Managing your blood pressure could help keep dementia at bay according to Australian and international research.
A study by UNSW Sydney Centre for Healthy Brain Ageing involving data from 34,519 people has shown treating high blood pressure (hypertension) in people over 60 reduces the risk of dementia.
Even people in their 70s and 80s are at lower risk of dementia if hypertension is treated.
High blood pressure affects more than one billion people worldwide and is the most prevalent risk factor for dementia.
Approximately 57 million people currently live with the condition and this figures is anticipated to rise to 153 million by the year 2050.
A study, the largest of its kind to date, used data from 15 different countries including Australia, USA, Brazil, China, Italy, Central African Republic and Nigeria.
The study of individuals older than 60 showed those with treated hypertension had a 26 per cent lower risk of dementia compared to those who were untreated and risk was substantially reduced in the treated group in those older than 65,75 and 85.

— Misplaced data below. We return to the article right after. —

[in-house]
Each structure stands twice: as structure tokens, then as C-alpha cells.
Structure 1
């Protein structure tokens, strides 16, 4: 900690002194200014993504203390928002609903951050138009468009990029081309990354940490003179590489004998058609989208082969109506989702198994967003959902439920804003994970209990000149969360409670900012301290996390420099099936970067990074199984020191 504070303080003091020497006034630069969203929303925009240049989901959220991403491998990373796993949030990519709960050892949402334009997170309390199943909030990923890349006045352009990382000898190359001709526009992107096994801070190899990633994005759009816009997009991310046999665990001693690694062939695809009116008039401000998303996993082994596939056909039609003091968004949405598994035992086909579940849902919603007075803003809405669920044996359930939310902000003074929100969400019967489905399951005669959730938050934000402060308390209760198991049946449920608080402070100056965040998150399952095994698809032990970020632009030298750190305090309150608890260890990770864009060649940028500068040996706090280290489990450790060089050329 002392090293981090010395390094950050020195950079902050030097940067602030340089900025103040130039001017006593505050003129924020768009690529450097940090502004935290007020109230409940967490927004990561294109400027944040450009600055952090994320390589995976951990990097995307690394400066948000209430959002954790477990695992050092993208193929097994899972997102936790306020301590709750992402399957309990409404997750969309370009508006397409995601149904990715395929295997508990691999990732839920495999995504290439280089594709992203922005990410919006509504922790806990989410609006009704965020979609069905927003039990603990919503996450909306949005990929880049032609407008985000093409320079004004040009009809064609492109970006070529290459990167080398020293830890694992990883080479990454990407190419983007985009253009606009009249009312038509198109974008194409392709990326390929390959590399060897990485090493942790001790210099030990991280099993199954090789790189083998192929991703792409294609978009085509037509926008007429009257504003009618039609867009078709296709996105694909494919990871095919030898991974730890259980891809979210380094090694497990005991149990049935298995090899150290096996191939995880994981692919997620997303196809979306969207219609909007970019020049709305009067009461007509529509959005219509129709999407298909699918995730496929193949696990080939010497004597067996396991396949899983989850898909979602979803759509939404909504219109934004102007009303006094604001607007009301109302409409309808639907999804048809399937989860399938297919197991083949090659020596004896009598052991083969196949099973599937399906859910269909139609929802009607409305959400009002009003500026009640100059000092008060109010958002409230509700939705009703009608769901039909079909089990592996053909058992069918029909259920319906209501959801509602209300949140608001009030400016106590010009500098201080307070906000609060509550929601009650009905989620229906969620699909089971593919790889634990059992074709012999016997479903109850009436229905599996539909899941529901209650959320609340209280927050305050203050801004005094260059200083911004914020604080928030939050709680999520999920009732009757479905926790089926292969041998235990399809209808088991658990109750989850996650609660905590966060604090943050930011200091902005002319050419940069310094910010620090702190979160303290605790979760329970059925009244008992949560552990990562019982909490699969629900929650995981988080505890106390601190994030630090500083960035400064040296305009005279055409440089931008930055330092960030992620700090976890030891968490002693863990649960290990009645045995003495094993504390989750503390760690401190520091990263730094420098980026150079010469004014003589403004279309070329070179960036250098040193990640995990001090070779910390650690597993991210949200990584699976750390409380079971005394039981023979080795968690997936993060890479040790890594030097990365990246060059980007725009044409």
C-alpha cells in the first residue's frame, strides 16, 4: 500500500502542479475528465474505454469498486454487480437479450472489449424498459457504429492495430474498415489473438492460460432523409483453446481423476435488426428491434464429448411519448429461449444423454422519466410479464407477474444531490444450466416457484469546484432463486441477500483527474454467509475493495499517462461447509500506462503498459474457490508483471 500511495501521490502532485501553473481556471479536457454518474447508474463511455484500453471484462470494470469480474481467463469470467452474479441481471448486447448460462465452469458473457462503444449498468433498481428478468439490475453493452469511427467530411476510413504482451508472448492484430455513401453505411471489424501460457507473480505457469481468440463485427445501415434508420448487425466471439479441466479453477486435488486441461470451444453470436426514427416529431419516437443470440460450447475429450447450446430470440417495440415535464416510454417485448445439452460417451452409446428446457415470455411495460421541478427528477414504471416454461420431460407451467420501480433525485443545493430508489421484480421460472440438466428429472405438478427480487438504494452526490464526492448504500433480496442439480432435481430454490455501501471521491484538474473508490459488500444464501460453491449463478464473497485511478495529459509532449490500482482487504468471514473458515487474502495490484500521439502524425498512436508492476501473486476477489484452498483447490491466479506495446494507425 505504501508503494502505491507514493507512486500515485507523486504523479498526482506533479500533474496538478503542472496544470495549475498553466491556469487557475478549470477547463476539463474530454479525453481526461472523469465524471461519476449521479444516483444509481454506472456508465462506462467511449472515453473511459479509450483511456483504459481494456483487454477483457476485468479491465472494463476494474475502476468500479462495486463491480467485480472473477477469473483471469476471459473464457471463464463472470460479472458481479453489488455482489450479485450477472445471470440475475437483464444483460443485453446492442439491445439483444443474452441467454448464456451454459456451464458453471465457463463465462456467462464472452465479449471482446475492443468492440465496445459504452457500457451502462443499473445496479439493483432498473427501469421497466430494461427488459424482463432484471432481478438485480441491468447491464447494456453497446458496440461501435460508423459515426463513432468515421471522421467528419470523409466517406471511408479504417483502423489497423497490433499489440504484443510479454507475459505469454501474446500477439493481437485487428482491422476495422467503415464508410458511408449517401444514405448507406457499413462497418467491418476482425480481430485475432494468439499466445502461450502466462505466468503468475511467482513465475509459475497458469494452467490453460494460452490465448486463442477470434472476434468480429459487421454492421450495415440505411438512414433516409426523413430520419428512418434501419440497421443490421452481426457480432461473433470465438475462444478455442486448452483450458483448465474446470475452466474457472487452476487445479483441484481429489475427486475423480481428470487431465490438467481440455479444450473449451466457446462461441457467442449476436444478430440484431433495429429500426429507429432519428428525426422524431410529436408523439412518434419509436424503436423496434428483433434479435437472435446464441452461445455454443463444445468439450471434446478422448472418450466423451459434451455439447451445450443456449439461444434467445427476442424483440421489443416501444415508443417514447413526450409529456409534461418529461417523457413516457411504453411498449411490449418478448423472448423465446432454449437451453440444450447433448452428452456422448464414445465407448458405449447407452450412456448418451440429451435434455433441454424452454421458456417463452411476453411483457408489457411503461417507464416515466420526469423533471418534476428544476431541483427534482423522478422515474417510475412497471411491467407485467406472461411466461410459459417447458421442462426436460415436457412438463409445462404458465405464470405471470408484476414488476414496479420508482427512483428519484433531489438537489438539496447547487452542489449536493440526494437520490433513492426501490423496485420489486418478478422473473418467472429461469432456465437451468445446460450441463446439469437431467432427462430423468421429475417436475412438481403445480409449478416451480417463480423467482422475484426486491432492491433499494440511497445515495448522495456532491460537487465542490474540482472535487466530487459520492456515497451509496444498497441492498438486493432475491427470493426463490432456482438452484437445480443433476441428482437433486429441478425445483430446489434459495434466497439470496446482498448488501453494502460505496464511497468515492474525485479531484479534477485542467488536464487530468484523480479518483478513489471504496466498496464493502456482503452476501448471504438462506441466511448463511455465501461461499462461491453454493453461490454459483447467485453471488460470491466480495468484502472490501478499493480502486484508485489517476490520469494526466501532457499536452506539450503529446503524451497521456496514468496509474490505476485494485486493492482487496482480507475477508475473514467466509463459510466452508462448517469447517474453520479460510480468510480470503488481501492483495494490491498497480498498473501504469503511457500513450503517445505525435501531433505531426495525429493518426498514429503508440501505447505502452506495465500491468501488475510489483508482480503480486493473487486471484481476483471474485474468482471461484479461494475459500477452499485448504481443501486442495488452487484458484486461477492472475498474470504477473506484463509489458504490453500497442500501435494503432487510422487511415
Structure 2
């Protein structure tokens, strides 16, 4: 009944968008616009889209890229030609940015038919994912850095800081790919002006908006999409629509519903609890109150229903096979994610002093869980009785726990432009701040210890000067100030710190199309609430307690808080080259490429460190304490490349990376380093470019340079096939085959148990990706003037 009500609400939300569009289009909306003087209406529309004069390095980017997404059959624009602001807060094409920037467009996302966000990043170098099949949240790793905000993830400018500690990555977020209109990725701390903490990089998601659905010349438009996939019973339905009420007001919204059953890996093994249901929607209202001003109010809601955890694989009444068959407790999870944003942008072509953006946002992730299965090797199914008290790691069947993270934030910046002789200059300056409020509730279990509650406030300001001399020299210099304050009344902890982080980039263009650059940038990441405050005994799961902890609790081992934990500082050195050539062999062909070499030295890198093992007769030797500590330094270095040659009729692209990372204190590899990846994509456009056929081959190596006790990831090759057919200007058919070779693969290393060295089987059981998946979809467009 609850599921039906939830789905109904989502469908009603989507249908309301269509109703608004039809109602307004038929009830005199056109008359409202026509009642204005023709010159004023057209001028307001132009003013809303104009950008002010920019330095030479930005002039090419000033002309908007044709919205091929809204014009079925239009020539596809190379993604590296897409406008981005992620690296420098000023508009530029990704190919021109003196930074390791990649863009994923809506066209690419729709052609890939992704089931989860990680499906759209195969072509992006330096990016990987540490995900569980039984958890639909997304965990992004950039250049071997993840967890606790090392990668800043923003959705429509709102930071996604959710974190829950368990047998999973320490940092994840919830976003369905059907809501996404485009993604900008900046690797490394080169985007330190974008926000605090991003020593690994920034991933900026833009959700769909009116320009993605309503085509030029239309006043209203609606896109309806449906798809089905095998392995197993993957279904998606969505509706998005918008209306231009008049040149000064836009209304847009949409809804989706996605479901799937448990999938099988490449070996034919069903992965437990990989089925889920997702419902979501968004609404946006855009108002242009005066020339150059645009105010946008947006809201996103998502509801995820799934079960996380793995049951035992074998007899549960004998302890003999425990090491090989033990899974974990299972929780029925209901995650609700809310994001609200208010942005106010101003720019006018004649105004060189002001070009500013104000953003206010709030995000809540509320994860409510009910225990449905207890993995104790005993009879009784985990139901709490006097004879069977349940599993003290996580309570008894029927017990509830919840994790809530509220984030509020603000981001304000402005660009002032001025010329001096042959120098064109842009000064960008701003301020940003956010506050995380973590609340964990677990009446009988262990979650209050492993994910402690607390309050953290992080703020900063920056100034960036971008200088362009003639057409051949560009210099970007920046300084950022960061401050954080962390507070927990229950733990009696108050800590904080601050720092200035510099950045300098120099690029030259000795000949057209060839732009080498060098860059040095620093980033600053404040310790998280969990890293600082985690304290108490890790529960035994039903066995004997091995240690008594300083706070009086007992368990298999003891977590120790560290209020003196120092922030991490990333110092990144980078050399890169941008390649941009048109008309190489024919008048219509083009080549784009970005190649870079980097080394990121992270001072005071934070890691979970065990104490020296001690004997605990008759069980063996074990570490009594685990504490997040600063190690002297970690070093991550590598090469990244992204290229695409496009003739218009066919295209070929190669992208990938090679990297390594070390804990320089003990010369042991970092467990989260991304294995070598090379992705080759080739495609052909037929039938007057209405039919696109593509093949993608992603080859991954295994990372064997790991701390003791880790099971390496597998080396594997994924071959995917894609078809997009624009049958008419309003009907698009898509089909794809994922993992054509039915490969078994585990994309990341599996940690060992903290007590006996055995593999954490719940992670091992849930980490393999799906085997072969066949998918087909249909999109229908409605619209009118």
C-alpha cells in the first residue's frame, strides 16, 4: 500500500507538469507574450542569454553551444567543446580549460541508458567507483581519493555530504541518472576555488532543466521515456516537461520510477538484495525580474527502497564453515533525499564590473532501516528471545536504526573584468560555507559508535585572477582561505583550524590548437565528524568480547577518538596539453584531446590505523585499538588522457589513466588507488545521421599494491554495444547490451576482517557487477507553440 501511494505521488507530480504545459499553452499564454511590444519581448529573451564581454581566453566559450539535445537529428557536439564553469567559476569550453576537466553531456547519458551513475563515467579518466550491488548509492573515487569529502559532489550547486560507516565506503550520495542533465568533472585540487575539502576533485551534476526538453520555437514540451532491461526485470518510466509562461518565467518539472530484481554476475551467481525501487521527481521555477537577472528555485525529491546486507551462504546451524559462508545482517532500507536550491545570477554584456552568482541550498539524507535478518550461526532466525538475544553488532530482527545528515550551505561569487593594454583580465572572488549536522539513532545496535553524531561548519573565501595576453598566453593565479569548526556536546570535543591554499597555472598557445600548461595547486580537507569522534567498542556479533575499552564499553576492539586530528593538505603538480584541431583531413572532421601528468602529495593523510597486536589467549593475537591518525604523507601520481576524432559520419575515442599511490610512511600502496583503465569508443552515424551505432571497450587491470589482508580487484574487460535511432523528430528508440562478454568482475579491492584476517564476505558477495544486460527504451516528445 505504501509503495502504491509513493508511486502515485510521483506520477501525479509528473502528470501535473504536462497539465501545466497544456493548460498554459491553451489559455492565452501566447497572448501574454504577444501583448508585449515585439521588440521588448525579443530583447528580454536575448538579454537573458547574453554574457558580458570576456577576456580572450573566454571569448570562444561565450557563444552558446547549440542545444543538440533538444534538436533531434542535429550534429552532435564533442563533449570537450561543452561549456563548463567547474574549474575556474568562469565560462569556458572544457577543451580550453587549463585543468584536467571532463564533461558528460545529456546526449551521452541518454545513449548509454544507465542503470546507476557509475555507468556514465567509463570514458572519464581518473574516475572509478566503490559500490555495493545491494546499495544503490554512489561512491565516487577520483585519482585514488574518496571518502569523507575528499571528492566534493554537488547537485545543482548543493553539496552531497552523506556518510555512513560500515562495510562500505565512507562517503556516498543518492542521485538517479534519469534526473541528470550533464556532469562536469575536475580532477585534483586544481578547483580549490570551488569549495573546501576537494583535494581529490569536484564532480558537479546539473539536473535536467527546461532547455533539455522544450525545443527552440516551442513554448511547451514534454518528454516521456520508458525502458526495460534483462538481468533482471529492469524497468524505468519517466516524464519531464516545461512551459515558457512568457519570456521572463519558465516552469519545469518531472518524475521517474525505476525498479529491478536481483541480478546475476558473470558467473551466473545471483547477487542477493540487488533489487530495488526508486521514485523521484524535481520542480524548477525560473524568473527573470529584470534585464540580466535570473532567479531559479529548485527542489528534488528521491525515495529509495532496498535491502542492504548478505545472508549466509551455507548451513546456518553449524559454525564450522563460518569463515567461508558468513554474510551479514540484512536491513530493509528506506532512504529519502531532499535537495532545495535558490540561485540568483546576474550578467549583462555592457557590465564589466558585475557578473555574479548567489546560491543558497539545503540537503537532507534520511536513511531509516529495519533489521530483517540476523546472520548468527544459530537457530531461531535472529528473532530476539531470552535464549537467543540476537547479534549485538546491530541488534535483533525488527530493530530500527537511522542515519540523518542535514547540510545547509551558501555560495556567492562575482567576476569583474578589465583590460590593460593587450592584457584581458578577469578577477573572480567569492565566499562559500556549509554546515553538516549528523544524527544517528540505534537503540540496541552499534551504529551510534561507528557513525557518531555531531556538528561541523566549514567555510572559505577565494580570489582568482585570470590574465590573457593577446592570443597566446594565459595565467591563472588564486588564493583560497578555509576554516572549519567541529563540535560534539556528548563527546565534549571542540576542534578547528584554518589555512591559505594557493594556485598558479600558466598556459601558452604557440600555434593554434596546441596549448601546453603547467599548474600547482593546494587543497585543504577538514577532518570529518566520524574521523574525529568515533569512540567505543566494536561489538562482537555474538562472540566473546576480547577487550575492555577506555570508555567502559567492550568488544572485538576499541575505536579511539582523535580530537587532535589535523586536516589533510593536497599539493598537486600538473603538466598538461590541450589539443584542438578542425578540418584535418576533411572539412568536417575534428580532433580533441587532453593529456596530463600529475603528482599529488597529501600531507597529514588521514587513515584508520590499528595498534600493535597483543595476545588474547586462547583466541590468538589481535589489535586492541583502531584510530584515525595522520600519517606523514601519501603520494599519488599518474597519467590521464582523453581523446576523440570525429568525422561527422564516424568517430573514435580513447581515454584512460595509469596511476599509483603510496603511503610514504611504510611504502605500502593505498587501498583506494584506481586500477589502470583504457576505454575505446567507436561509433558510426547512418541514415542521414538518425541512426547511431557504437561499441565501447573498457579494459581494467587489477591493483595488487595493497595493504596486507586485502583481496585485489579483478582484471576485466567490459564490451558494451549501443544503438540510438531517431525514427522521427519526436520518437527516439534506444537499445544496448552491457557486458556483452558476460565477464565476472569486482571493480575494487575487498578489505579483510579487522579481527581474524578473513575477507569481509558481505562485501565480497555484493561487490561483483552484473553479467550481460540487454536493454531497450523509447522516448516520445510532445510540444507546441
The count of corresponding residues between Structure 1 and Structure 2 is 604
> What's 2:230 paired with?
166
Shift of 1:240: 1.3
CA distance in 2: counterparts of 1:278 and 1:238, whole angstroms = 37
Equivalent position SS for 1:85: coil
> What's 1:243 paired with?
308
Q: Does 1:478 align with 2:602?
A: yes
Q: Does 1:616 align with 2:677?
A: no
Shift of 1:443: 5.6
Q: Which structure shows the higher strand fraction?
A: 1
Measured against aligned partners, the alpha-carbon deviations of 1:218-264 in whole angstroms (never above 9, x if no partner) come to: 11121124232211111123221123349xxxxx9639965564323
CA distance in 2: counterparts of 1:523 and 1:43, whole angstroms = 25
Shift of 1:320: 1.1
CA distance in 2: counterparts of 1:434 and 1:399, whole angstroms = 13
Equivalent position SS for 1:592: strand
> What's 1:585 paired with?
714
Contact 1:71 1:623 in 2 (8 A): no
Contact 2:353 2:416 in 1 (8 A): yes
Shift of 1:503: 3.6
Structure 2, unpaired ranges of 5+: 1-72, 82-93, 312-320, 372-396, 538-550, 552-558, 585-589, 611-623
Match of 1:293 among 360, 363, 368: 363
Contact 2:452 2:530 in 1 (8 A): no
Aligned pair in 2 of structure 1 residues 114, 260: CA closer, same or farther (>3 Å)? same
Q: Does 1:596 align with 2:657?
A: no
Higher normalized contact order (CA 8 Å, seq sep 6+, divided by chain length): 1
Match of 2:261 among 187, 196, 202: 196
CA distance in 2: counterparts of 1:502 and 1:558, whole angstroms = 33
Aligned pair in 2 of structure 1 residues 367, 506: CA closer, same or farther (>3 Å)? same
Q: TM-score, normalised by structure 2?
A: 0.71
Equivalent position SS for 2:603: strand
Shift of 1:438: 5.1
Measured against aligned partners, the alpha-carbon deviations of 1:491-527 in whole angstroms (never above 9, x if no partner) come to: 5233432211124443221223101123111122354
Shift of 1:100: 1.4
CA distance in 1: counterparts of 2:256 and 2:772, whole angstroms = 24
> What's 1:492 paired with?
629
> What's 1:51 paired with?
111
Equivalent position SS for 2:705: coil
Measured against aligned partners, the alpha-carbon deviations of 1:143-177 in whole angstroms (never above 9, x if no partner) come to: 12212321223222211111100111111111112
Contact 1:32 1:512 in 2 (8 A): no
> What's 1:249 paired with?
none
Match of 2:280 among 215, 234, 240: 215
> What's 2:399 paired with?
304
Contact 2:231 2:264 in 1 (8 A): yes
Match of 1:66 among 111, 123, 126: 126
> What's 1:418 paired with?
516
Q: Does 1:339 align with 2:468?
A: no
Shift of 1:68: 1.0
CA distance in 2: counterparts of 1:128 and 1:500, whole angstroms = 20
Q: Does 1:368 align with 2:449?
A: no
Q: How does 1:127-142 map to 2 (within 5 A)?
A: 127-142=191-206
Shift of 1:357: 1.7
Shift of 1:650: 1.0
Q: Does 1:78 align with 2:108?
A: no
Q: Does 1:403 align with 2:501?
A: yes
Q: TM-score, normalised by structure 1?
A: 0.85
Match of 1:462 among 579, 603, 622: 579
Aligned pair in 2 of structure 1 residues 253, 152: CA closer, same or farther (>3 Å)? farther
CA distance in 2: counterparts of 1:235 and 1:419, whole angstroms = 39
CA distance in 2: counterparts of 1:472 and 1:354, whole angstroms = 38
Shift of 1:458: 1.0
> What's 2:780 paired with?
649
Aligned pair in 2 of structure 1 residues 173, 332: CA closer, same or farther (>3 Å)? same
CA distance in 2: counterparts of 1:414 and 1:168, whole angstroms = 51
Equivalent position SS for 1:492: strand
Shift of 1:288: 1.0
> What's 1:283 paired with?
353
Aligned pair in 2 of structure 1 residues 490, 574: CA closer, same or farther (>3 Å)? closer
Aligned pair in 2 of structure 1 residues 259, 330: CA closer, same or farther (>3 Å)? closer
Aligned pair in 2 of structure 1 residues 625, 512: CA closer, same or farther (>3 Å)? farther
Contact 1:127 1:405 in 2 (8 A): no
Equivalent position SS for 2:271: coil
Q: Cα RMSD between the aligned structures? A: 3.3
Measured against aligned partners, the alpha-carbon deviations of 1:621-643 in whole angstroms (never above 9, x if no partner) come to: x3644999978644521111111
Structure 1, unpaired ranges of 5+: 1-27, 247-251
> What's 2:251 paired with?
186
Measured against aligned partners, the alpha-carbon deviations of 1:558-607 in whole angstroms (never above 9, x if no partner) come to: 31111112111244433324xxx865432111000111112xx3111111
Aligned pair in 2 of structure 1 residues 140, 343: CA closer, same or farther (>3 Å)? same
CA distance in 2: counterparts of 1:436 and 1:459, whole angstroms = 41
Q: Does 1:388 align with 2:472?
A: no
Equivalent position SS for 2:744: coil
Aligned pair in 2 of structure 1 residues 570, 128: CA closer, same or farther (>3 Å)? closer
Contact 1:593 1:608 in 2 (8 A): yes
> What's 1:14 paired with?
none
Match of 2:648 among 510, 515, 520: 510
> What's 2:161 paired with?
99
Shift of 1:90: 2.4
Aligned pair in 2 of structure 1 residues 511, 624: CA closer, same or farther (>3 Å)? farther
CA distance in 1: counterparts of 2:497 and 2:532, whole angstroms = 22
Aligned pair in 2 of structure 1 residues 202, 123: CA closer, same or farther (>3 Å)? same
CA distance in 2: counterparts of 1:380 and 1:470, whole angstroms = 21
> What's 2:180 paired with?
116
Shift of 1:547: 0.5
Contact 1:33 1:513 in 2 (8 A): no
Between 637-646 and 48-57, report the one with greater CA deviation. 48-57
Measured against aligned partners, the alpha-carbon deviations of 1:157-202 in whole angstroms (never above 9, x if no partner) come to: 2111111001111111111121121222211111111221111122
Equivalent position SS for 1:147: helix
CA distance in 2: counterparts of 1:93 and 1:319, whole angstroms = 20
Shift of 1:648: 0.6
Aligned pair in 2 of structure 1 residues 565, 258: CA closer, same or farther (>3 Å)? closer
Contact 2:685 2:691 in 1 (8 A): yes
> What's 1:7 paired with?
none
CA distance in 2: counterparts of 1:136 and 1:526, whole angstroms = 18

The research also aimed to understand how age, sex and race might change the association between blood pressure, antihypertensive use and dementia.
Dr Matt Lennon, a medical doctor and lead author on the study, said the findings were critical for general practitioners and family physicians, who are most commonly at the coal face of blood pressure management.
"We know that mid-life hypertension increases risk of all types of dementia by around 60 per cent and Alzheimer's disease by 25 per cent," said Dr Lennon.
The study identified that in late life, people with unmedicated hypertension have a significantly elevated risk of dementia compared to those with medicated hypertension and healthy individuals. It also indicated there are no significant differences in the effect of blood pressure or antihypertensive use in different sexes or racial groups.
"This is a valuable addition to the literature as it crystallises a grey area in dementia prevention," says Dr Lennon.
Co-Director of CHeBA and co-author on the research, Professor Perminder Sachdev, said the findings indicate that ongoing antihypertensive therapy throughout late life was an important part of dementia prevention.
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